Thursday, June 25, 2009


The first public death that affected me was Kurt Cobain, when I was 13. I cried for days, Then I was unaffected, an affectation where I was consumed in teenaged angst where nothing bothered me and nothing was considered by me unless it was my own selfish little bubble, who I loved, who didn't love me back, where I was going, why I wasn't there yet.

And now I think with last year's death of Heath Ledger, I felt oddly strange, upset, for a man I did not know, whose apartment I passed daily and did not realize, who if I saw while alive, would not care. And this week, there was Ed McMahon, who while important was old, Farrah Fawcett, who was the same to me, some abstract creature that did not relate to me in any way, I knew she meant something, I just didn't know to whom. I knew her death was sad, but for me, for cancer, there is time to reflect.

Michael Jackson, a man I grew up watching descend, his brilliance matched only by the swiftness in which he fell--much of it perhaps in his own creation, he was the first of us to overshare to nearly blog when there was no reason to blog, he was the first celebrity I knew of to melt down over and over, and why I knew this I cannot say. At the time I was too young for even grunge, even though I thought I was just old enough really, and I didn't care to understand disco, and thought pop was garbage (though grunge WAS pop, I see that now). I wasn't even a year old when Thriller came out, my mother told me that when I did, it terrified me, and again, far before anything else I mourned, I cried for him then, because I thought he was coming to kill me. The video, long-since considered a masterpiece, gave me nightmares, I hear. I saw it later, saw something which was mystifying and amazing and only scary in its complete awesomeness, but by the time I saw it--and saw that in him--he was not that man any more.

He was something else, a fabulous disaster to us, the grabbing masses, something that they called Sid Vicious thirty years ago when he self-destructed, and now I can't help but feel in impenetrable sadness as I watch hours of videos of imitators and news coverage feeling like this man, this poor man, was a joke to us in his twilight years. Today, at least we remember him well. I must be getting old or things are just different in the world, but now I see death and it comes very often, perhaps more than anything else.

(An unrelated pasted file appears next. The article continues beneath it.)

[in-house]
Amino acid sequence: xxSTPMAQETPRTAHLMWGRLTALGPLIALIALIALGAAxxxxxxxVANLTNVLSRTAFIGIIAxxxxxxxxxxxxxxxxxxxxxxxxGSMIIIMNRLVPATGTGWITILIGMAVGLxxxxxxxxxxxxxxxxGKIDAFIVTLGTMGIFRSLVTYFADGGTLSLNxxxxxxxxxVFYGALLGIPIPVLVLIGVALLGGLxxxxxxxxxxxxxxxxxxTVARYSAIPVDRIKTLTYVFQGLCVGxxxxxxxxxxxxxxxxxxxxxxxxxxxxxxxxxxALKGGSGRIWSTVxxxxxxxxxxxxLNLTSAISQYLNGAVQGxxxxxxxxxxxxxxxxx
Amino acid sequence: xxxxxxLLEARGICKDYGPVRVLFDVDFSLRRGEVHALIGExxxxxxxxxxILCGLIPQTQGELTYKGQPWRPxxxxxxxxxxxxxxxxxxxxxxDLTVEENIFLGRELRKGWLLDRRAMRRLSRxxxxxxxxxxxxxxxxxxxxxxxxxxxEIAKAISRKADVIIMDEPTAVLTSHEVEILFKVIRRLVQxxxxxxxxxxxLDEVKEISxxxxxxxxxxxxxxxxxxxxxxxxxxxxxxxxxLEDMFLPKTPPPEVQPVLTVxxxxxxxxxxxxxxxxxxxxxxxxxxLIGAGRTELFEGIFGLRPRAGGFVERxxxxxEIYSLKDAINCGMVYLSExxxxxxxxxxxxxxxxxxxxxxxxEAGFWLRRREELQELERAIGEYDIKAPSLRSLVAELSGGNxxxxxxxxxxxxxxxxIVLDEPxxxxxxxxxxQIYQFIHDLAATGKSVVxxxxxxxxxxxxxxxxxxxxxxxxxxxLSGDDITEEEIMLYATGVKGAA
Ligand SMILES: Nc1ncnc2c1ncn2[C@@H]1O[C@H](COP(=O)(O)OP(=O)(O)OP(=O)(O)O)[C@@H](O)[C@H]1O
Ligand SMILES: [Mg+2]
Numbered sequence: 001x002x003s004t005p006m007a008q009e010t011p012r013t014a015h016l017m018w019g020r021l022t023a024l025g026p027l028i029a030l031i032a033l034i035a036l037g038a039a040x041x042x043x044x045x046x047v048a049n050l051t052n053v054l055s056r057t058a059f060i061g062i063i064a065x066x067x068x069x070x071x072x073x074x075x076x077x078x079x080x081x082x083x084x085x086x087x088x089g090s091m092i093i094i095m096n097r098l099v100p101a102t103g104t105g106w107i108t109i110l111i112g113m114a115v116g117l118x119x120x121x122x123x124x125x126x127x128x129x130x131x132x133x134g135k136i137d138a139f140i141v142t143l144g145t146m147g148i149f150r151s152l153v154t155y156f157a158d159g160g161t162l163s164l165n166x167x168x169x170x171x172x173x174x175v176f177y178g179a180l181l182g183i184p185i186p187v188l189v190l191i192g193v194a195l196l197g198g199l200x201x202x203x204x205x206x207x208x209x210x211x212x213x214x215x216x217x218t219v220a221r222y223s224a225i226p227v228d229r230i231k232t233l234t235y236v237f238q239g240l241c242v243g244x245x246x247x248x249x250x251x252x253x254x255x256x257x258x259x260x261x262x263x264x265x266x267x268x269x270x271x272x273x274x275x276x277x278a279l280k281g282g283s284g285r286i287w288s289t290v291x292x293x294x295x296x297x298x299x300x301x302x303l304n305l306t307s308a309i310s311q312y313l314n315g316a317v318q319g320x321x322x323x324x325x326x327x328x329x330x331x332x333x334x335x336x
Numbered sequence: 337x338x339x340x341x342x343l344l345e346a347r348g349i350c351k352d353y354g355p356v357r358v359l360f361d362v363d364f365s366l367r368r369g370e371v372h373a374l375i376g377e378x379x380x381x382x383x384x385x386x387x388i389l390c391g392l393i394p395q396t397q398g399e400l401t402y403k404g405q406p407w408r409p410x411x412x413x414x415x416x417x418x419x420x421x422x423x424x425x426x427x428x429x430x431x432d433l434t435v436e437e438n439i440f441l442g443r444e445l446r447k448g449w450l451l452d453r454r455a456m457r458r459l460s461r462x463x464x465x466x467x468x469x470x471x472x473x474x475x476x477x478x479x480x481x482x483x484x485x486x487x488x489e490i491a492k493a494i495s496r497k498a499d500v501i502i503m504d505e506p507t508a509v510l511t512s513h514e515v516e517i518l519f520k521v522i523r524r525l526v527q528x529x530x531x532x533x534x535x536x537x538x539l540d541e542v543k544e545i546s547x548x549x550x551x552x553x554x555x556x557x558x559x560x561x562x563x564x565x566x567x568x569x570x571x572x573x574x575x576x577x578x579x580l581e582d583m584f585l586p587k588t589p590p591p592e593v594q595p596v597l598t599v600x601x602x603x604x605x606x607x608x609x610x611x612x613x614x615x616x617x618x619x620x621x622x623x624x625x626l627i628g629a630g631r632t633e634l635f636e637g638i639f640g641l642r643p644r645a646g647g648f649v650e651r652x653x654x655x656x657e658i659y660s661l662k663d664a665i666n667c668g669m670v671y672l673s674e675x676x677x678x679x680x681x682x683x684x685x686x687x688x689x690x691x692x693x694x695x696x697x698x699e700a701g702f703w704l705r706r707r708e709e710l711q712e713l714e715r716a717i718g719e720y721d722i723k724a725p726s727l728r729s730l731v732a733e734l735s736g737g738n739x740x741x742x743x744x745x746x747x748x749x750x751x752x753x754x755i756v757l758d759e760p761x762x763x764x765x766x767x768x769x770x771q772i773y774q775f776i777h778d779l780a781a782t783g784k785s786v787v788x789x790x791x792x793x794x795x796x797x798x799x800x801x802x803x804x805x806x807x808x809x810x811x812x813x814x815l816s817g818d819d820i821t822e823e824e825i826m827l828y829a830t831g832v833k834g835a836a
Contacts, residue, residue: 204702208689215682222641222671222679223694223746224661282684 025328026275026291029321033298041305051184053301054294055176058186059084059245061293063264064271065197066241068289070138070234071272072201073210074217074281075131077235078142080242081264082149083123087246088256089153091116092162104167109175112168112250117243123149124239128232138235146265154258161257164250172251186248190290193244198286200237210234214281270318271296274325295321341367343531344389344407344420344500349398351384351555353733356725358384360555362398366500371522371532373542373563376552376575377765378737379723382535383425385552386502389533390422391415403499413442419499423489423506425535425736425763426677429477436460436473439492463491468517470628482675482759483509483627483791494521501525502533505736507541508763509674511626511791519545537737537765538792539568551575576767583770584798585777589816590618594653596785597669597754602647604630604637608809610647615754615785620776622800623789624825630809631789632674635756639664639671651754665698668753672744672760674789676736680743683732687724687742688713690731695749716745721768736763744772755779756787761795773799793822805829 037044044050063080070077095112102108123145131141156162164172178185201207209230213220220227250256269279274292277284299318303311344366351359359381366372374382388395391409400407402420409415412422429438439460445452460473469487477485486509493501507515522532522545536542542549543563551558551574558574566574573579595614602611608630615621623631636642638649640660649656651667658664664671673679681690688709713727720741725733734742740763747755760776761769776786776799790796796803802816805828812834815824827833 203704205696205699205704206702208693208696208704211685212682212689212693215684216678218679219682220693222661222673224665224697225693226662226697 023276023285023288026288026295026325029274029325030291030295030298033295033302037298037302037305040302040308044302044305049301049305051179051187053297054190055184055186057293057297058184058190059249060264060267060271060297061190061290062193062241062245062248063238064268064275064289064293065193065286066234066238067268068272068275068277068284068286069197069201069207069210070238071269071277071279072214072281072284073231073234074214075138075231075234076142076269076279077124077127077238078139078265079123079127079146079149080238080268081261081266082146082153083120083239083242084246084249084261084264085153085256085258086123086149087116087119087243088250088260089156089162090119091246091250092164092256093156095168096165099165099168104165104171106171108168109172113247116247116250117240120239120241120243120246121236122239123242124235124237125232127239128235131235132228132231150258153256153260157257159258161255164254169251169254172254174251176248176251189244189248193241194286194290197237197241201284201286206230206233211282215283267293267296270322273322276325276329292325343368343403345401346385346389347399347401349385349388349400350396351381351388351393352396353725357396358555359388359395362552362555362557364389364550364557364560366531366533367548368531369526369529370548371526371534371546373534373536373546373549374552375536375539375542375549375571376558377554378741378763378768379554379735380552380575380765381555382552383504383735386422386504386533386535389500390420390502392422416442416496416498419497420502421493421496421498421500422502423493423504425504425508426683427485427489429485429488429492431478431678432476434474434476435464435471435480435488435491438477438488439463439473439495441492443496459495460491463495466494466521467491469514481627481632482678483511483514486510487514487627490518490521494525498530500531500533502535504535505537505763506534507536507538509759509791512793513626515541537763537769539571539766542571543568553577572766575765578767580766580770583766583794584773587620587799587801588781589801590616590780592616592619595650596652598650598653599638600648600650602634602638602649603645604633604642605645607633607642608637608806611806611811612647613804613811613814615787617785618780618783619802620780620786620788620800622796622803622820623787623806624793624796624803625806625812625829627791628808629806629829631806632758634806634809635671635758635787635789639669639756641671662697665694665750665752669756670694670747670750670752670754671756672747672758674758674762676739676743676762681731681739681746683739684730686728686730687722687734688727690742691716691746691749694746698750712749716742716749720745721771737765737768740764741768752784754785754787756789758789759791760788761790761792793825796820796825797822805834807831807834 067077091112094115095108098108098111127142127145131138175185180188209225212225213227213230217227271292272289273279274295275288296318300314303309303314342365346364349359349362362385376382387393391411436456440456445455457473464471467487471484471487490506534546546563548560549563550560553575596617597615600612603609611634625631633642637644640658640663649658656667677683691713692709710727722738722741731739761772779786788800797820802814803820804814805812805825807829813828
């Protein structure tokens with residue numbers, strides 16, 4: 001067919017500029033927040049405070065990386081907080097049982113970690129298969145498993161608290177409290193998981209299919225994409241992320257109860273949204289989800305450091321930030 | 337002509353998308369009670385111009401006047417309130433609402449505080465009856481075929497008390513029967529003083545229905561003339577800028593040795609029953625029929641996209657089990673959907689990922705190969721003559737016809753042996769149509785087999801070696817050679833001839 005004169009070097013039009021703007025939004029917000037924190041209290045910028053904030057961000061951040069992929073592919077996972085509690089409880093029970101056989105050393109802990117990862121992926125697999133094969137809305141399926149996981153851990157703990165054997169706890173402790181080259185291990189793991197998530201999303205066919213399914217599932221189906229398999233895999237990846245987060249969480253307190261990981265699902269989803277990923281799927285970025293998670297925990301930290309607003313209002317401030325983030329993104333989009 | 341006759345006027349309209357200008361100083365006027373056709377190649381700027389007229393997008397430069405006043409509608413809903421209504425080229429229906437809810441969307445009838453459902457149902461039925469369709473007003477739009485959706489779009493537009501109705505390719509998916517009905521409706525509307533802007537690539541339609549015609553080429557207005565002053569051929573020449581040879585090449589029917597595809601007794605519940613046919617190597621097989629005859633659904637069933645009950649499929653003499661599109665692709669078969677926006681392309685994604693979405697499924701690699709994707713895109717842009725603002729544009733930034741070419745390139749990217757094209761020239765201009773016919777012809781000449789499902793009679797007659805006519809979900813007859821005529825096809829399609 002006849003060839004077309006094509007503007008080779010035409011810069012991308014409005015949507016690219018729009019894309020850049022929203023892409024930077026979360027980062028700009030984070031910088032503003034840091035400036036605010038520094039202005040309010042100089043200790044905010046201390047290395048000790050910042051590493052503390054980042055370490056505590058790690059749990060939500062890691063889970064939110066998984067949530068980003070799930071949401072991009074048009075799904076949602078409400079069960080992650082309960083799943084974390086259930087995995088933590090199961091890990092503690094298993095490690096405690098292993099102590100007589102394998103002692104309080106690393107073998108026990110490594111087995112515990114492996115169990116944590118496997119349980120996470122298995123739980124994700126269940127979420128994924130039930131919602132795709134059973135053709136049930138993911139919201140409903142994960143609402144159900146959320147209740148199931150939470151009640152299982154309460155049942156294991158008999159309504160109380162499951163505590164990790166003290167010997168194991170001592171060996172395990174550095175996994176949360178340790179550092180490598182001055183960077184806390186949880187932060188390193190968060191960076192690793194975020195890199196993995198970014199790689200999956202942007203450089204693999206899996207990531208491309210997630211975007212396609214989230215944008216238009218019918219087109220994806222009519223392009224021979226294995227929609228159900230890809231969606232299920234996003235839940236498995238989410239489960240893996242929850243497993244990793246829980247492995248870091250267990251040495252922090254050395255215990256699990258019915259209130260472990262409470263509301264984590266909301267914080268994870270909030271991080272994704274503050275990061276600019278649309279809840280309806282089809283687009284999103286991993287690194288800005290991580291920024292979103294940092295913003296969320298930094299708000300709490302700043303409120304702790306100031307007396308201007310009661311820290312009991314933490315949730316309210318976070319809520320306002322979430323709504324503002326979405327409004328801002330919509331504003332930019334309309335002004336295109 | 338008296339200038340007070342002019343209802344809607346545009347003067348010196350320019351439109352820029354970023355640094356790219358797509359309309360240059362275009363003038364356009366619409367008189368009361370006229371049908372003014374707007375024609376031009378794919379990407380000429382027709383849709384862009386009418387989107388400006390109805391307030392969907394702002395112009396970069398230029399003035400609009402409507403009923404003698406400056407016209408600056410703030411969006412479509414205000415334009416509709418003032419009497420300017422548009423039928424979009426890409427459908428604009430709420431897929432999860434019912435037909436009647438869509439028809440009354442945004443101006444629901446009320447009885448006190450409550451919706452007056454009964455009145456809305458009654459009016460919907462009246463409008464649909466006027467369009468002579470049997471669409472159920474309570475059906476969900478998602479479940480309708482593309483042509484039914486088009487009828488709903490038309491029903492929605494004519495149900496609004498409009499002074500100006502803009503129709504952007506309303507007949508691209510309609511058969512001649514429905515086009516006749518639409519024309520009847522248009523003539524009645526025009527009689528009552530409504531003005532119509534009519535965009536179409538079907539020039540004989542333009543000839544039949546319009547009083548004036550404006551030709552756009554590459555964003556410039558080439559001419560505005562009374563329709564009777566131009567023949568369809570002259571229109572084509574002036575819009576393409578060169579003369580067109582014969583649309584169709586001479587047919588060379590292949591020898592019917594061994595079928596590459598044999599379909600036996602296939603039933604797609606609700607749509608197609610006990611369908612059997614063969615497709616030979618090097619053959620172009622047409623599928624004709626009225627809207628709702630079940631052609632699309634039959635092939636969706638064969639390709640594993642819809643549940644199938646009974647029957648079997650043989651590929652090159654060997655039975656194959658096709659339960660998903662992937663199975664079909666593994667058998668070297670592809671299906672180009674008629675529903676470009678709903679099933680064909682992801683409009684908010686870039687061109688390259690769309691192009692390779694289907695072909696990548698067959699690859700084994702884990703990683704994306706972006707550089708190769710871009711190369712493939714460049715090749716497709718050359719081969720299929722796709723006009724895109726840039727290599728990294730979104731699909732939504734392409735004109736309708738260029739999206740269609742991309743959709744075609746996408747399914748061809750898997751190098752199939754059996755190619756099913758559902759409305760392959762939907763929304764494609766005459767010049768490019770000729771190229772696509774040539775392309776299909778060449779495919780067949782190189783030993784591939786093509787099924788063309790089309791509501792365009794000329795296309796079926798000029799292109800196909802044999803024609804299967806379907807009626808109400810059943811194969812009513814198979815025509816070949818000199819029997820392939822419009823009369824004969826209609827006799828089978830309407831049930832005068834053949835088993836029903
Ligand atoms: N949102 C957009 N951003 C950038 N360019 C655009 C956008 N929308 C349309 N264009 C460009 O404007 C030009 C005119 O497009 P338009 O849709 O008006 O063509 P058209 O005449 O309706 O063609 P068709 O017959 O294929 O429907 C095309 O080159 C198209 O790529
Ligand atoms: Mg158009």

Tonight I'm saying WTF. This is horribly sad to me, and I do know why, because it is death, and he was a man who must have felt an inordinate amount of pain for the past fifteen years, and part of me wonders why he couldn't have died before he was tarnished, as awful as that seems, because today we care about him more than we had for decades. Today we remember him more fondly, there are no Walmart boys' pants half off jokes, today we remember his genius, and we should have, we should have before.

And yet. If he did what he did...who can say. The man is dead and I for one, hope he can finally rest in peace.

1 comment:

Man in Mufti said...

O Death! Thou Art a Poem, promised mee...

As a friend,: please get a copy of the Bollywood film titled "Anand" with Amitabh Bacchan and Rajesh Khanna. With our without sub-titles, i believe it would help bring calm.

Sorry, didn't know about Ms. Fawcett.

Don't let it get you down, its only ...